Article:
Belgium Poker Player Tax to Hit 75 Percent

Belgian poker player David Kitai

Flee before it’s too late: Belgian player Davidi Kitai, who finished second at the Winamax Poker Open in Dublin, may want to consider staying there indefinitely given new Belgium poker player tax rates. (Image: clubpoker.net)

Belgium poker players may want to console themselves with some of their fine chocolate when they hear this gut-kicking news, because Belgium wants to hit poker players where it hurts, in the fiscal regions.

In the same week that Belgian player Davidi Kitai finished second at the Winamax Open in Dublin, authorities announced their intention to levy a tax of up to 75 percent on players’ earnings, suggesting that Kitai might want to remain in Ireland, where there is no tax on winnings at all, for the foreseeable future.

While Belgian gaming law stipulates that gambling winnings should be tax-free, the government has decided that an exception should be made for poker players, because their income, unlike a sudden gambling windfall, cannot be considered to be an “exceptional event.”

“An individual who plays poker regularly and who devotes enough time and efforts to the game to make it a profession should declare his winnings as if they were any other form of professional income,” explained an official. However, this also means that they will be able to deduct travel and accommodation and, hopefully, expenses such as tournament buy-ins on their tax forms.

One Hell of a Rake

While the idea of a 75 percent tax sounds like one hell of a rake in a game that is become increasingly difficult to scratch a living from, authorities are quick to reassure us that this figure only applies to the very highest tier of earners, of which there are perhaps 20 in the whole of Belgium. These 20 players have been recently asked to report their winnings to the tax authorities and we can only assume they are hurriedly packing their bags as you read this.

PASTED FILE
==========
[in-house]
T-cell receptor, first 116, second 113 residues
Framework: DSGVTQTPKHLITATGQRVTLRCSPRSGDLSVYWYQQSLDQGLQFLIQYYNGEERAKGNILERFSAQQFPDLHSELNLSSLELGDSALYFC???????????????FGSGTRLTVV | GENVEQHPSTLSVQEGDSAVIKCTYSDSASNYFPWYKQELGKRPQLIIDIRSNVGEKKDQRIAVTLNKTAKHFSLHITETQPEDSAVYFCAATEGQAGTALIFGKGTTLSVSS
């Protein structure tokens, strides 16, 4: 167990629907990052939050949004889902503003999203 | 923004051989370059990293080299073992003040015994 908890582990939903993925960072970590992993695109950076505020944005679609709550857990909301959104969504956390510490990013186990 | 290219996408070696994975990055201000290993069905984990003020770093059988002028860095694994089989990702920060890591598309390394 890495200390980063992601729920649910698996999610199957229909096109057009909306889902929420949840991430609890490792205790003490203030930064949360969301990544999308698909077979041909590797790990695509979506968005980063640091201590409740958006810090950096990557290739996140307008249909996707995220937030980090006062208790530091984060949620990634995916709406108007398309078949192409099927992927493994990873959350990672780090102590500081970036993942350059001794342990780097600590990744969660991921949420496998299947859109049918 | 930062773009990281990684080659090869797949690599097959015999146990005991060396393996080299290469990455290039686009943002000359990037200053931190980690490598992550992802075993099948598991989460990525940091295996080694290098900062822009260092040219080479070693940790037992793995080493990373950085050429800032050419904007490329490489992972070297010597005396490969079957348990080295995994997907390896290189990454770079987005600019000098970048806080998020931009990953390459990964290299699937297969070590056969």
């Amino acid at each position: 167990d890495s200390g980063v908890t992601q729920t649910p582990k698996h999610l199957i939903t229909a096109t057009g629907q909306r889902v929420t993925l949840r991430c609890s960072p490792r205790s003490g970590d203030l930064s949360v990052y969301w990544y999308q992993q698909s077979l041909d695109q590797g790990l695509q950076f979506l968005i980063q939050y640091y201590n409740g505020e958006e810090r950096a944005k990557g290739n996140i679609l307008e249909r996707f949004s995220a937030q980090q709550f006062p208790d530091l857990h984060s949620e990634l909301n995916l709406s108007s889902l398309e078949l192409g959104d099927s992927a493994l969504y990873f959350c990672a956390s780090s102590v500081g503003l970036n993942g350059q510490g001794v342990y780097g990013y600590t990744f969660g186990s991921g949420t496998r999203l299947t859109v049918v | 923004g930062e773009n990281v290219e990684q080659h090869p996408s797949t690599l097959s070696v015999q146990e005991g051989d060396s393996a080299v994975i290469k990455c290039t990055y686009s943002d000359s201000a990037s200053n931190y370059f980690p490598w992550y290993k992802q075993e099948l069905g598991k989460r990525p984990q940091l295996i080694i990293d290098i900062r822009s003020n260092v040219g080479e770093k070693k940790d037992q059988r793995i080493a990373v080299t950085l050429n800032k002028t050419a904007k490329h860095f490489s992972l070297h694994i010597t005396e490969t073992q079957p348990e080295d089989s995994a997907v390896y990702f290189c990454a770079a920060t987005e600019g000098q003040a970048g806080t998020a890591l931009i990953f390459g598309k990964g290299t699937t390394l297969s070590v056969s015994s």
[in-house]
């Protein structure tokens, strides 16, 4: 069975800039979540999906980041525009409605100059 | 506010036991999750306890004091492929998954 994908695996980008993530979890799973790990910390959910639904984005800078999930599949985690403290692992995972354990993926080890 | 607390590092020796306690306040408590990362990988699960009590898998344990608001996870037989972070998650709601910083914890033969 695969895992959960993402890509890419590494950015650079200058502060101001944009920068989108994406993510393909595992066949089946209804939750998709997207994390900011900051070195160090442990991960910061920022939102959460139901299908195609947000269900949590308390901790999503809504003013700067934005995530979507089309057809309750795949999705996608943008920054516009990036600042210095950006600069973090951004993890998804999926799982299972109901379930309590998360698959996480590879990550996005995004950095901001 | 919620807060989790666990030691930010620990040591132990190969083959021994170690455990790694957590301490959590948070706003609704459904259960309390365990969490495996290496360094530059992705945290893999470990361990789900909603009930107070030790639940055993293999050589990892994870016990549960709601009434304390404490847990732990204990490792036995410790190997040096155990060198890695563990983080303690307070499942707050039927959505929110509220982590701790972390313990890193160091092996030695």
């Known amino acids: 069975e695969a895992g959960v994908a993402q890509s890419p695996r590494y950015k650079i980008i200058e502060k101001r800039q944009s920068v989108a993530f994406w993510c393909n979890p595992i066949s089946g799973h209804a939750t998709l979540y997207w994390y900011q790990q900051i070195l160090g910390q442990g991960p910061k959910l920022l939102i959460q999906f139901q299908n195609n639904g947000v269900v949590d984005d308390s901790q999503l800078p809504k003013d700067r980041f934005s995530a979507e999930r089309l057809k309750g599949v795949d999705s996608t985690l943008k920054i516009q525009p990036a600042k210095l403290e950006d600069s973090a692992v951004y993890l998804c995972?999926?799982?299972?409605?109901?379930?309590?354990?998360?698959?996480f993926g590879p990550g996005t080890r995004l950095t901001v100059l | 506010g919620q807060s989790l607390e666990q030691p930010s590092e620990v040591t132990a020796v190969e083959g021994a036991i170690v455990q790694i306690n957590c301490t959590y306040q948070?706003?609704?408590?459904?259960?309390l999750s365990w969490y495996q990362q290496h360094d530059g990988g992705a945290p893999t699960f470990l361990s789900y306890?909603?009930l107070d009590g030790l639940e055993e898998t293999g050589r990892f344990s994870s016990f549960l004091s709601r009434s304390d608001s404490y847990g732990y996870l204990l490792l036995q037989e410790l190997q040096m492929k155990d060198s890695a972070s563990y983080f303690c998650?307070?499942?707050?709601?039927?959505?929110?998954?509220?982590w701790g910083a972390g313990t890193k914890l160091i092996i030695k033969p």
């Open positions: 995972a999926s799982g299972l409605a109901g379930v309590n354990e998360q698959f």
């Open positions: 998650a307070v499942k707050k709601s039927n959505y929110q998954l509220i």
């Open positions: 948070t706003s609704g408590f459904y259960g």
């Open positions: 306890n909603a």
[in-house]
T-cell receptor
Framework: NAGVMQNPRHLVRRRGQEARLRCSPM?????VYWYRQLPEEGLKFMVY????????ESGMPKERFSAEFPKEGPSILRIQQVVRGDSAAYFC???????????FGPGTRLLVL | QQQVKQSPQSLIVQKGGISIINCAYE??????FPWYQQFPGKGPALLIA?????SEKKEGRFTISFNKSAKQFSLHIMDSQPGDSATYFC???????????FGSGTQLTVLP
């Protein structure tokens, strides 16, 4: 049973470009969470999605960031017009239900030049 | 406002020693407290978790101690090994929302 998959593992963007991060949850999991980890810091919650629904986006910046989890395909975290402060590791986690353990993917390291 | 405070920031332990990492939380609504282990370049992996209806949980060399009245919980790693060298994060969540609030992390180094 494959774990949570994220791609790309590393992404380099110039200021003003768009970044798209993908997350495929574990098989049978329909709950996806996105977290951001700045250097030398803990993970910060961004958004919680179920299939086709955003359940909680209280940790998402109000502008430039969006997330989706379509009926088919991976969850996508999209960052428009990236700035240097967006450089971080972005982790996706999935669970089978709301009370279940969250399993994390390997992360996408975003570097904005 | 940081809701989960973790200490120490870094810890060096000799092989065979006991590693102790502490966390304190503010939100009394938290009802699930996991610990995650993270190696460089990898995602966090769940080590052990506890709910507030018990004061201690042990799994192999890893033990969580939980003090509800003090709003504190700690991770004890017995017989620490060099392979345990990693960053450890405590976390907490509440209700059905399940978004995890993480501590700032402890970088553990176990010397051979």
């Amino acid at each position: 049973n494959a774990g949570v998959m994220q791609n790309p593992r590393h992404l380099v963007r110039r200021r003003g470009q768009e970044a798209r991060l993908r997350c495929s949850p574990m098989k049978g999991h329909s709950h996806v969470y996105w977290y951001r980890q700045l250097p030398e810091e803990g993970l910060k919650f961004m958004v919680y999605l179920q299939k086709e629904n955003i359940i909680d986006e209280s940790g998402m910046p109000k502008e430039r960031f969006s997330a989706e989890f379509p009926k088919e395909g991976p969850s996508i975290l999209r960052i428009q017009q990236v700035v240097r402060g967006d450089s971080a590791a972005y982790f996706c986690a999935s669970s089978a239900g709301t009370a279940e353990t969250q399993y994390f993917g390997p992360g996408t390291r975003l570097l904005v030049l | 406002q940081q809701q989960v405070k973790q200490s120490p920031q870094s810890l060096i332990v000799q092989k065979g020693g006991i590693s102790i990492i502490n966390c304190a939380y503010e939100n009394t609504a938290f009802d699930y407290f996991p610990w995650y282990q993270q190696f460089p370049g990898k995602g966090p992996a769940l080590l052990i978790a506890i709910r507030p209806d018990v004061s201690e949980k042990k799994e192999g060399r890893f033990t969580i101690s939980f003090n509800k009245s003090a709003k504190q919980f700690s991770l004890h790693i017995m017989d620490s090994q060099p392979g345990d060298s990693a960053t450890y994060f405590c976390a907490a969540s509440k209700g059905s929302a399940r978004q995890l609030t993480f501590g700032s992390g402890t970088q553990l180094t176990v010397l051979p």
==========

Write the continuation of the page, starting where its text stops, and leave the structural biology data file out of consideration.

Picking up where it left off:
Belgium is a very strictly regulated gambling regime, that in recent years has blacklisted and aggressively pursued unlicensed operators who offer services to its citizens. It is also one of the few countries in the world where players can be prosecuted simply for gambling on unlicensed sites. According to article 64 of the Belgian Gaming Act, playing illegal games of chance can theoretically get you anywhere between one month and three years in prison and a fine of anything up €150,000, which can be doubled for reoffenders.

Free Poker Apps Could be Blacklisted

However, the Belgian Gambling Commission upped the ante this week by expressing its desire to add play-for-free apps to its burgeoning list of blacklisted companies. The Commission has decided that apps that offer free “play-for-fun” poker and casino games should be banned, as they “lower the bar” for people to participate in real-money gambling. Apps should be made to adopt strict verification procedures or face being blacklisted, the Commission told the Belgian press.

This would, however, presumably require considerable amendments legislation and even a redefinition of the very word “gambling.” In fact, the word’s current interpretation, as a game of chance in which a stake is risked, would suggest that the regulation of free poker and casino apps does not currently fall under the Gambling Commission’s remit.

Philip Conneller
Written by
Philip Conneller
As part of the team that launched Bluff Magazine back in 2004, and then as Editor of Bluff Europe, Philip Conneller has (probably) written thousands of articles about poker and has travelled the globe interviewing the greatest players in the world, not to mention some of the sexiest celebrities known to man in some of the world’s sexiest destinations. The highlight of his career, however, was asking Phil Ivey (as a joke) how to play jacks, and emerging none-the-wiser. Philip once won $20,000 with 7-2 offsuit. He has been told off for unwittingly playing Elton John’s piano on two separate occasions, on different sides of the Atlantic Ocean. He became a writer because he is a lousy pianist. He lives in London where he spends his time agonizing about Arsenal football club, yet in Wenger he trusts.

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